Thirty-three years ago, astronomers recorded a supernova explosion, 1987A. And just recently they found a neutron star formed in this cataclysm. This is the youngest such object in the history of observations. For some time, scientists doubted that they were observing exactly a neutron star, but fresh scientific work has provided very convincing evidence of this.
On February 23, 1987, male astronomers (and also female astronomers) received a gift from the Universe. On this day, supernova 1987A was discovered, which exploded in the Large Magellanic Cloud – a nearby dwarf galaxy, a satellite of the Milky Way.
As you know, a star dying in a supernova explosion (or rather, what is left of it) turns either into a black hole or into a neutron star. Scientists were confident that in the case of 1987A, the second option was realized. This was indicated by the flux of neutrinos recorded by terrestrial detectors simultaneously with the light of the flash.
Recall that a neutron star is a celestial body with a diameter of only a few kilometers, which, at the same time, is comparable in mass to the Sun. Due to the monstrous density and the most powerful magnetic field, the matter inside such an object is in states that cannot be reproduced in terrestrial laboratories. Therefore, neutron stars are of great interest to physicists. And, of course, astronomers who seek to figure out the ins and outs of every object and process in the universe.
The 1987A explosion gave researchers the first chance to study the neutron star that formed before their eyes and understand what these celestial bodies are like immediately after birth. All other known neutron stars are much older.
So, the second place belongs to the recently discovered object , which is 240 years old, and even it is surprisingly young compared to its counterparts millions of years old.
Let us clarify that new supernova explosions are discovered regularly and in large numbers , but in galaxies that are too distant to make out the formed neutron star. And the 1987A flare occurred only 168 thousand light years from Earth. It was the closest supernova explosion seen since the invention of the telescope.
Alas, by pointing telescopes at the site of the 1987A flare, astronomers saw only a dense cloud of dust formed during a supernova explosion. For more than thirty years, using increasingly powerful instruments, scientists have tried to discern at least some trace of the central body. And finally they succeeded.
In 2019, the ALMA radio telescope helped astronomers see the supernova remnant 1987A in unprecedented detail. Thanks to this, astronomers discovered that there is a compact and very hot object in the center of the dust cloud. Although the “heater” itself remains hidden behind the dust curtain, the telescope records the radiation of the dust heated by it.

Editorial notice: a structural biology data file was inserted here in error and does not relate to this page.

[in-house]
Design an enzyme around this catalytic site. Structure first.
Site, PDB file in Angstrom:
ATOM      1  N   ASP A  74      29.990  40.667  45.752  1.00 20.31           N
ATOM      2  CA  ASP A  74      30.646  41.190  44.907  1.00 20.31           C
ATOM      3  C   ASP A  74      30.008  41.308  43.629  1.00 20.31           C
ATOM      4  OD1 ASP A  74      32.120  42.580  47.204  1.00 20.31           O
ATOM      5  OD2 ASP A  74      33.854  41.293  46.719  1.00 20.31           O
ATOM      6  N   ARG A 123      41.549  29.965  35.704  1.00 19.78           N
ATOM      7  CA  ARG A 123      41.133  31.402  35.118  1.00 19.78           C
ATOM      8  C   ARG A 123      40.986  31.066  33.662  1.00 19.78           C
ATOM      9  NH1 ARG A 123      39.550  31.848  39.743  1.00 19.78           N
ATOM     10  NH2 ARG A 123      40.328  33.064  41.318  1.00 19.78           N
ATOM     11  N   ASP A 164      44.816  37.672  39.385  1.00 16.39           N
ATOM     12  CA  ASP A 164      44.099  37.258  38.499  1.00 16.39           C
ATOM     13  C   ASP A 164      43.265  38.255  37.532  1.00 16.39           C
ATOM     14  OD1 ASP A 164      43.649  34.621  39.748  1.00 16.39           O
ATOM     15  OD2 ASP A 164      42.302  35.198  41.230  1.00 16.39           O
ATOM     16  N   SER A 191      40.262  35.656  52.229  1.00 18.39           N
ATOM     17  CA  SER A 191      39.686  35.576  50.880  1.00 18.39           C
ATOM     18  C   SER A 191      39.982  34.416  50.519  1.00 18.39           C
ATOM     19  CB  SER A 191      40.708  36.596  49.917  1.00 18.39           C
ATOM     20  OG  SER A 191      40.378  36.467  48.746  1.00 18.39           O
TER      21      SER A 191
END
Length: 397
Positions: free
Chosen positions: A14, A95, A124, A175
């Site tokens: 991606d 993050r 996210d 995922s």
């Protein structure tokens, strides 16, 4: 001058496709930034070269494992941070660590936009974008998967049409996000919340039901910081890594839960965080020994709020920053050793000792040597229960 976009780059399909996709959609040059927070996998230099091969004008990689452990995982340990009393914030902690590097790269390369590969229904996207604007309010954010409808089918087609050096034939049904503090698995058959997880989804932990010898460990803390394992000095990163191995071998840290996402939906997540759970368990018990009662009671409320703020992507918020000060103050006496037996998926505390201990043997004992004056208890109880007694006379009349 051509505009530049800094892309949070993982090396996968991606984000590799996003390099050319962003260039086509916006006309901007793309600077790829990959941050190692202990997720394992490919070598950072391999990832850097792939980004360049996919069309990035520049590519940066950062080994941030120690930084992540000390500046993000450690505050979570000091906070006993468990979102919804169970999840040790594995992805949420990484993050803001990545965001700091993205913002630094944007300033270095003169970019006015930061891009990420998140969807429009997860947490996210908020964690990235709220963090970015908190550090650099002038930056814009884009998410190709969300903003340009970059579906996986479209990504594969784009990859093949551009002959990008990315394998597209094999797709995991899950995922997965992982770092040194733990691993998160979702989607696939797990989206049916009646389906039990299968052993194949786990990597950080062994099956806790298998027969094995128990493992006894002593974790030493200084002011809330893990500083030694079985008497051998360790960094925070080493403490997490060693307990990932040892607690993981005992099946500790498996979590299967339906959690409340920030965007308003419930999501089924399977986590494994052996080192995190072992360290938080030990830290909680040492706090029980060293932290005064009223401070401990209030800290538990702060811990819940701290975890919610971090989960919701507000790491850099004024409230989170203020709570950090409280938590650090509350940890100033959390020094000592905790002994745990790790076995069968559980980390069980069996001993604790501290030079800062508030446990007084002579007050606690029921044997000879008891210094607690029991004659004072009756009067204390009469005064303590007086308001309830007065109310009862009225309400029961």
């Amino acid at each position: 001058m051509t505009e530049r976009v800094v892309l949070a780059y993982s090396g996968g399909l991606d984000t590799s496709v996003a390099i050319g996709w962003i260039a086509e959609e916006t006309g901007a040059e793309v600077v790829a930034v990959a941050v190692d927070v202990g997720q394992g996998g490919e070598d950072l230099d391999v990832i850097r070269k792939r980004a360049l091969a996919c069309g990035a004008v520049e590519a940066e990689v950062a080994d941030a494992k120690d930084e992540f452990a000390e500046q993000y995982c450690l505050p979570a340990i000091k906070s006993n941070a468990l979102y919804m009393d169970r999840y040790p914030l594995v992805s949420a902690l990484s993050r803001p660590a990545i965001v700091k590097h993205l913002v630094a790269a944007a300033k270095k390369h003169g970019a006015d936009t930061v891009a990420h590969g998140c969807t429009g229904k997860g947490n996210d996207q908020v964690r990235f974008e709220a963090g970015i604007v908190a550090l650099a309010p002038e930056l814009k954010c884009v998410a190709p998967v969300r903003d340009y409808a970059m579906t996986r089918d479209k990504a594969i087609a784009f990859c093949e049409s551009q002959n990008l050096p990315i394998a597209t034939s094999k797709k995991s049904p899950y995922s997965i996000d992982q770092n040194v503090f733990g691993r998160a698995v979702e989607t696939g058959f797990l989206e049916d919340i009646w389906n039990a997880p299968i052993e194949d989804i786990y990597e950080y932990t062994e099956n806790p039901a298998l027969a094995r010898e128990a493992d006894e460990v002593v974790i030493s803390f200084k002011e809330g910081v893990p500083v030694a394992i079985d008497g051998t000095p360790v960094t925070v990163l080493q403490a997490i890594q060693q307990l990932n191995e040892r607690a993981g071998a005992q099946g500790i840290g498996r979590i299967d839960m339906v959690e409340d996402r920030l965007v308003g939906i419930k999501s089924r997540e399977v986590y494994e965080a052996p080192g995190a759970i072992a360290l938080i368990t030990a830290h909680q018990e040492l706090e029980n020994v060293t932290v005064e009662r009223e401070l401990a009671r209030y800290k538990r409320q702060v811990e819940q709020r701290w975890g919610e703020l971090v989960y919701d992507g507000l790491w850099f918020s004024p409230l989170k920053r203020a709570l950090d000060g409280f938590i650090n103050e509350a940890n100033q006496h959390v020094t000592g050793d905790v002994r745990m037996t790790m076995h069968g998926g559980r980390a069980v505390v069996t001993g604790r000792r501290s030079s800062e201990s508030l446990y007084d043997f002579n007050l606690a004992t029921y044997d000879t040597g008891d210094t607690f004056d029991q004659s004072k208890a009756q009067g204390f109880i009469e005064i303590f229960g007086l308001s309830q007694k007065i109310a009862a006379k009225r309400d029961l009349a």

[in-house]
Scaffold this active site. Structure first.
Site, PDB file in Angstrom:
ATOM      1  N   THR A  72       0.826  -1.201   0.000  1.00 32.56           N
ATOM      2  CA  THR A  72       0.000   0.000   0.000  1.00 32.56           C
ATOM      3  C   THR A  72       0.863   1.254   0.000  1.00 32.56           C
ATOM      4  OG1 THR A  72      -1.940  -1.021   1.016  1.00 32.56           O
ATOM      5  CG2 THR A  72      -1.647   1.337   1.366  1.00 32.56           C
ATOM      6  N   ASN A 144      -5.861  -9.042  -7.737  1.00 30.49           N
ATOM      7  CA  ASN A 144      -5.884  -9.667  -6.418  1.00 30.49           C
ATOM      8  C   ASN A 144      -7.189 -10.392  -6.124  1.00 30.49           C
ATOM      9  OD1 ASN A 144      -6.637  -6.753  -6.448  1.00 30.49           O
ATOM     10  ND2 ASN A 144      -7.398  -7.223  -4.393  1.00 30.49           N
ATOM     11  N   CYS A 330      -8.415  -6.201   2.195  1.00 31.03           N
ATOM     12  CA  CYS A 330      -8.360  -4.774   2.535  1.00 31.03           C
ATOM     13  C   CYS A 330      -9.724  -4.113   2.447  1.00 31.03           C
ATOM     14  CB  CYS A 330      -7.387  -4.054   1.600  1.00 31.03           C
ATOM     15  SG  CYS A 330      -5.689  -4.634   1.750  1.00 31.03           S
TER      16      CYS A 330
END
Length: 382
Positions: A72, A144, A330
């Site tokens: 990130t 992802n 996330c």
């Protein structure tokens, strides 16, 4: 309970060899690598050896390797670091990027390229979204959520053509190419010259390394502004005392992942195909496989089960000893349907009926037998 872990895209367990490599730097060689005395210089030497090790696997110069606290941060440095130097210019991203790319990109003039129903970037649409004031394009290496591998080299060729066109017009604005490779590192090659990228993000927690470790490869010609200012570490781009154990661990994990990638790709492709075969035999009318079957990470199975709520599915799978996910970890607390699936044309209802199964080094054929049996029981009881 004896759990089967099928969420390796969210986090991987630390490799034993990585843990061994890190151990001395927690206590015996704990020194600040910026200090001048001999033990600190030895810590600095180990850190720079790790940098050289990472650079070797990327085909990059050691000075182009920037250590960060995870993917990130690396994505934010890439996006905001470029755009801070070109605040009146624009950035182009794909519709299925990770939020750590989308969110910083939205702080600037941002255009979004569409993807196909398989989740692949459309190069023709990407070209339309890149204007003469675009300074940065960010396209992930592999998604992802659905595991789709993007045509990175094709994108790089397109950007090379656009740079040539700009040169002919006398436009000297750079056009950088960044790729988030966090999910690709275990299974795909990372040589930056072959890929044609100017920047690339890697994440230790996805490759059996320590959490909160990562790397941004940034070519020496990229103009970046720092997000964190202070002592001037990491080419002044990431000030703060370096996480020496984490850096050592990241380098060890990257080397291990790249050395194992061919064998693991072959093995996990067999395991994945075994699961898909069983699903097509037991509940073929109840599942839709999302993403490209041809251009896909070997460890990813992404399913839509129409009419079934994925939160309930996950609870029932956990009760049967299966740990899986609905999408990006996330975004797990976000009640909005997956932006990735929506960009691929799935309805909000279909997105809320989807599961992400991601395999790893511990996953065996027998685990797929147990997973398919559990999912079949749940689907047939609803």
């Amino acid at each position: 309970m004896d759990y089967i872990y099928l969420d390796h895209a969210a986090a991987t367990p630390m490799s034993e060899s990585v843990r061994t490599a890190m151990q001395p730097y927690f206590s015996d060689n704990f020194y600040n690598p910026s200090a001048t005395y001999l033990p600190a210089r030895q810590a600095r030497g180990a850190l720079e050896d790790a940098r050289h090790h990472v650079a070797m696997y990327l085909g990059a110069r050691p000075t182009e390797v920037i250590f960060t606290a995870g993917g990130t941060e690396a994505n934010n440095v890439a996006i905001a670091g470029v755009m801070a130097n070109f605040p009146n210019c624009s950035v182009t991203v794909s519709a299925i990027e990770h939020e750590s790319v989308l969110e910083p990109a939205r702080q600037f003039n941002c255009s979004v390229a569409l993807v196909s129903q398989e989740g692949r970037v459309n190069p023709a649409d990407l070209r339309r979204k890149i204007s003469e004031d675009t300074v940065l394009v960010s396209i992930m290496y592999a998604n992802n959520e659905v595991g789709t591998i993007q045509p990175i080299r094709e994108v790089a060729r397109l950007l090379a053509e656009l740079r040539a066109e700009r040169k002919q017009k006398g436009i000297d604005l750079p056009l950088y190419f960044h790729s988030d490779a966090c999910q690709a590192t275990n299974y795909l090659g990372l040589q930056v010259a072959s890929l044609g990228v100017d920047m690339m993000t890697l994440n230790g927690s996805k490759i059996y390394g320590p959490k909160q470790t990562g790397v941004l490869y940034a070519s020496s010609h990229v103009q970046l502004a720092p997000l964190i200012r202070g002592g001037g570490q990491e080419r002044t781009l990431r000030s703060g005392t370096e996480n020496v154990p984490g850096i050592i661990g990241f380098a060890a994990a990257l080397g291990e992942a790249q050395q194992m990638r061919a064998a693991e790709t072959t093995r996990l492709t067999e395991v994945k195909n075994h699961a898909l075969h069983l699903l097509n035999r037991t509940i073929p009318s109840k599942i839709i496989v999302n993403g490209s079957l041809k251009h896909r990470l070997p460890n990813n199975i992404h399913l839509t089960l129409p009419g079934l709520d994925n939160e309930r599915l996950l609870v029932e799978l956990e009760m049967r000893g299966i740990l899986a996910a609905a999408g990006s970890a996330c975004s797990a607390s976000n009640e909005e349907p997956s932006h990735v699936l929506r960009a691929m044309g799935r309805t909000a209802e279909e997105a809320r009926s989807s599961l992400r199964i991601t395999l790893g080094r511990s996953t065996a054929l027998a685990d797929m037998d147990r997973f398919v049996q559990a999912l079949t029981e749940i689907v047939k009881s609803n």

“We were very surprised to see this hot ball formed in a thick cloud of dust in a supernova remnant,” says co-author Mikako Matsuura of Cardiff University. “There must be something in the cloud that heats the dust and makes it glow This is why we assumed there was a neutron star hiding inside the dust cloud.
However, the radiation power seemed suspicious to scientists. Could a neutron star be so hot? Or is there something else lurking in the center of the dust cloud?
“We thought that such a neutron star might be too bright to exist. But then Dani Page and his team published a study that showed that a neutron star could actually be so bright because it is so young,” Matsuura says.
The scientific article , published in the edition of the Astrophysical Journal by Dany Page of the National Autonomous University of Mexico and his colleagues, set the record straight. Experts have shown that the dust-heating object at the center of Supernova remnant 1987A not only could be a neutron star, but could hardly be anything else.
According to the calculations of Page and his co-authors, the temperature of a neutron star 30 years after its birth should be five million degrees. This is just enough to explain the observed heating of the dust.
In addition, the central object is located exactly where the neutron star should have been thrown by the explosion (by the way, at the time of the cataclysm, it was moving at a speed of hundreds of kilometers per second).
Finally, recall that the neutrinos recorded in 1987 indicate that a neutron star was formed during a supernova explosion, not a black hole.
However, theoretically, the central object can be a black hole, onto which a dense stream of matter falls. But this requires a fantastically accurate adjustment of its properties to observational data, which is extremely unlikely. So experts are confident that they have finally “groped” for a newborn neutron star.
We now see the 1987A supernova remnant as it was 33 years after the explosion. Perhaps, after a few more decades, the dust cloud dispersed a little and began to transmit the radiation from the central object. Scientists are looking forward to the moment when these rays will reach the Earth.